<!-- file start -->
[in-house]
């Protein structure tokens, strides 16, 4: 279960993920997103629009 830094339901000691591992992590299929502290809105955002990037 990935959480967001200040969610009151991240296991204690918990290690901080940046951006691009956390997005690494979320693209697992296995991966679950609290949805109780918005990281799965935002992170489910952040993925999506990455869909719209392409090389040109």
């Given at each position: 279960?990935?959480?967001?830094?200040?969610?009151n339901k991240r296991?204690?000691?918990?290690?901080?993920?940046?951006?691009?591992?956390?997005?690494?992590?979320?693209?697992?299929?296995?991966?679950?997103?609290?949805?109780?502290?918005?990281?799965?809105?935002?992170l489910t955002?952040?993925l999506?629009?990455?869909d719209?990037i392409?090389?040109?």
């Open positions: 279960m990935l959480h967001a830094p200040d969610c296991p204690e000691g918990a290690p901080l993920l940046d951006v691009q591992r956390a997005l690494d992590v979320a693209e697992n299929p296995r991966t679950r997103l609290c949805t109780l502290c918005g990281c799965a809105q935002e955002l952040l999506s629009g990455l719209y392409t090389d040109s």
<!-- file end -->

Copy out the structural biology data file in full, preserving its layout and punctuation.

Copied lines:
[in-house]
């Protein structure tokens, strides 16, 4: 279960993920997103629009 830094339901000691591992992590299929502290809105955002990037 990935959480967001200040969610009151991240296991204690918990290690901080940046951006691009956390997005690494979320693209697992296995991966679950609290949805109780918005990281799965935002992170489910952040993925999506990455869909719209392409090389040109």
């Given at each position: 279960?990935?959480?967001?830094?200040?969610?009151n339901k991240r296991?204690?000691?918990?290690?901080?993920?940046?951006?691009?591992?956390?997005?690494?992590?979320?693209?697992?299929?296995?991966?679950?997103?609290?949805?109780?502290?918005?990281?799965?809105?935002?992170l489910t955002?952040?993925l999506?629009?990455?869909d719209?990037i392409?090389?040109?």
């Open positions: 279960m990935l959480h967001a830094p200040d969610c296991p204690e000691g918990a290690p901080l993920l940046d951006v691009q591992r956390a997005l690494d992590v979320a693209e697992n299929p296995r991966t679950r997103l609290c949805t109780l502290c918005g990281c799965a809105q935002e955002l952040l999506s629009g990455l719209y392409t090389d040109s």